Agile Project Management: Why?

This is part 1 of a 10-part series I am writing on Agile Project Management, by Jim Highsmith.

The first question to ask is, “Why should I consider using Agile Project Management?”

Time-to-market has shrunk. A lot of it had to do with “Internet-time”, but even after the bubble burst our schedules did not expand again. I have found unrealistic schedules to be the norm, with the occasional fantasy schedule thrown in for variety.

Customers rule. Customers are pickier than ever, and if you don’t have what they want, someone else will. There are too many competitors willing to fill a market need, so we can never become complacent in our offerings.

These factors combine to force the hand of anticipatory project management, the kind that “plans the work and works the plan.” But if the market is changing rapidly, then the plans set in stone 6 months ago really are outdated.

One response is to develop products incrementally, focusing on adding the most value first. This practice, known as iterative development, leads to software that evolves into a killer application instead of trying to design and implement one on first pass.

Agile Project Management (APM) recognizes that opportunity and risk lie in the software, not in the project management approach. So APM attempts to mitigate risk and maximize opportunity in order to meet the business objective of Reliable Innovation, which consists of five parts: continuous innovation, software adaptability, reduced delivery schedules, people and process adaptability, and reliable results. It attempts to deliver reliable innovation through its principles and framework (in tomorrow’s post!).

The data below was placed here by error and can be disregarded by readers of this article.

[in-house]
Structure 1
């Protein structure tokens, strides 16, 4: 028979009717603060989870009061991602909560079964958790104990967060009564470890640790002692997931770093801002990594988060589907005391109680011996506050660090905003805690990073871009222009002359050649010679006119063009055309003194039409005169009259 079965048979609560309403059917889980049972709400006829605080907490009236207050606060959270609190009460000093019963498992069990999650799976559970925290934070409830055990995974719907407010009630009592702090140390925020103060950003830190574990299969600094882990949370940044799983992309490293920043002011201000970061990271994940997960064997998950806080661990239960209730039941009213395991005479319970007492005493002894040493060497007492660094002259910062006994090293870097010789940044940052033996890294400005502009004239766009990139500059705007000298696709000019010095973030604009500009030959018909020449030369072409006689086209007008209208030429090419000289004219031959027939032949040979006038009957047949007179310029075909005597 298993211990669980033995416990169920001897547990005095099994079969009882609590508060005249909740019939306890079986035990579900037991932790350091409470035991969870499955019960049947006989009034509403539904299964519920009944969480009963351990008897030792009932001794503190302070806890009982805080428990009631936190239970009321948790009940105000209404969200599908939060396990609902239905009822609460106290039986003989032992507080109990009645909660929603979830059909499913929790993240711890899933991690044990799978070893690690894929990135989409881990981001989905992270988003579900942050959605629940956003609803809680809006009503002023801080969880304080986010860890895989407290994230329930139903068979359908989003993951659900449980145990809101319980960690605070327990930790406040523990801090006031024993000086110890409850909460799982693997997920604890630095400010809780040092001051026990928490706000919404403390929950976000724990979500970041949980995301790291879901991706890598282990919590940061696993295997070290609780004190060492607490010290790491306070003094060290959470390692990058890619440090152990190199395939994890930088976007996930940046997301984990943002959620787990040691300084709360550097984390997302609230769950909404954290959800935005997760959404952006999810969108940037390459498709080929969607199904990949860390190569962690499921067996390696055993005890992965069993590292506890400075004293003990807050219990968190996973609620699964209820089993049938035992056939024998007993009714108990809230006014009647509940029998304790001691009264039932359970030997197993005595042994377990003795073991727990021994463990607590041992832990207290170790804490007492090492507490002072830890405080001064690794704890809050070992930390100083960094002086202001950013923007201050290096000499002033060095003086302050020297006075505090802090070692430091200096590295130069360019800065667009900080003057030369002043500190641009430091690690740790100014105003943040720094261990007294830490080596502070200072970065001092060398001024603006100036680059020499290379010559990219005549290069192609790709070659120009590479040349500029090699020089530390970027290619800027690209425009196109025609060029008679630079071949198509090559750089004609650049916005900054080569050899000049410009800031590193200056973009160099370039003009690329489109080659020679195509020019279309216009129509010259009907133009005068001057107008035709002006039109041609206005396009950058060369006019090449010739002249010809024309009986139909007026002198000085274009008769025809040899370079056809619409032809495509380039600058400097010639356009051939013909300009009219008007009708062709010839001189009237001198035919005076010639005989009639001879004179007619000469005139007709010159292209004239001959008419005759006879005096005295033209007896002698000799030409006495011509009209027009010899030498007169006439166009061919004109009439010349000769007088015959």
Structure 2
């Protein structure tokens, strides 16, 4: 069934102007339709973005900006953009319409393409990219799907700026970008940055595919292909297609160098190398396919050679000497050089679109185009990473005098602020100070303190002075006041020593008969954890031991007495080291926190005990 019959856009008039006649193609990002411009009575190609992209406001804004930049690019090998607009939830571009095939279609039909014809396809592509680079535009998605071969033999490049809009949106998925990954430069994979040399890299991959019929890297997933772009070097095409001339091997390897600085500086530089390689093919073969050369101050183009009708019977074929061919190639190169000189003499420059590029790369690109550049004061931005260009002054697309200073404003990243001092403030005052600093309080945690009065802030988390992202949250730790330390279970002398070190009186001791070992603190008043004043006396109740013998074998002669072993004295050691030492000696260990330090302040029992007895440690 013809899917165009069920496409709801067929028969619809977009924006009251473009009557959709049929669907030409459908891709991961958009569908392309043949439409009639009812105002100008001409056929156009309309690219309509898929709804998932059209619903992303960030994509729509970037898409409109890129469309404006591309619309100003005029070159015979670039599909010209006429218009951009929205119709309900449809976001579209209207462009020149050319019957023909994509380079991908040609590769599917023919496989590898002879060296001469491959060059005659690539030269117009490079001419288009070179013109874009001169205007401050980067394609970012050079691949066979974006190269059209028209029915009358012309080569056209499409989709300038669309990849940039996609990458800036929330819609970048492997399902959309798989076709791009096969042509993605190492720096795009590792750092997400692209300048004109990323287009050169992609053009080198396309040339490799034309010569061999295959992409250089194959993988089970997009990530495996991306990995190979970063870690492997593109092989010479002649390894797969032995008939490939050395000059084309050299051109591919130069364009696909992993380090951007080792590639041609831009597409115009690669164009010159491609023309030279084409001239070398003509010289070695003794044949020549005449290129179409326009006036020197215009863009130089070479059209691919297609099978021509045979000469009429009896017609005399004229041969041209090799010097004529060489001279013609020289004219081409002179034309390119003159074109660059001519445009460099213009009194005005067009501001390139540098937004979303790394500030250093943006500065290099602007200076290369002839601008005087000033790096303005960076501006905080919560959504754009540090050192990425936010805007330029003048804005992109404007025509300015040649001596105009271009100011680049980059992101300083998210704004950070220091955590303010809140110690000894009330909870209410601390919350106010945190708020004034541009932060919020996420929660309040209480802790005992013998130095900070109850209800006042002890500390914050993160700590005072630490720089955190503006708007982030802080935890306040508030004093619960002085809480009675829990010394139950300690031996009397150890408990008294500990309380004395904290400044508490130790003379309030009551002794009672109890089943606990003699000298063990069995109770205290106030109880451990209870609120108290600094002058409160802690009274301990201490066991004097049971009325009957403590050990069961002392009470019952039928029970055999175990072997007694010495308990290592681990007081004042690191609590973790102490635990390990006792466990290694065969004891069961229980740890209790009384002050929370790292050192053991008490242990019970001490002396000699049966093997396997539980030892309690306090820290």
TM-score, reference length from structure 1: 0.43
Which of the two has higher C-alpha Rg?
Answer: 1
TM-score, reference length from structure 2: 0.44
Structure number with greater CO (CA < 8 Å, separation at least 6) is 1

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3 Responses to Agile Project Management: Why?

  1. Amit Parikh says:

    It’s the need of the hour. It’s like we have no choice by denying it else the Project is a scrap or the vendor looses the Project. The stake vendor holders find themselves no more with the project.

    APM delivers light weight components and slowly progresses to complex deliveries. It is planning and implementation at it’s peak. Prepare, analyze, construct, test and deliver. Next time tie earlier deliverables with the new ones and proceed. It is a progressive exponential way to deliver. This also reduces the risk of employee retrenchment.

    Amitkumar Parikh


  2. Darrell says:

    Crimar – hey, I’m just summarizing from the book on this one. I kind of feel that agile methodologies are self-explaining if you’ve ever worked in a process-intensive work environment.

  3. crimar says:

    pretty brief ‘artivle’

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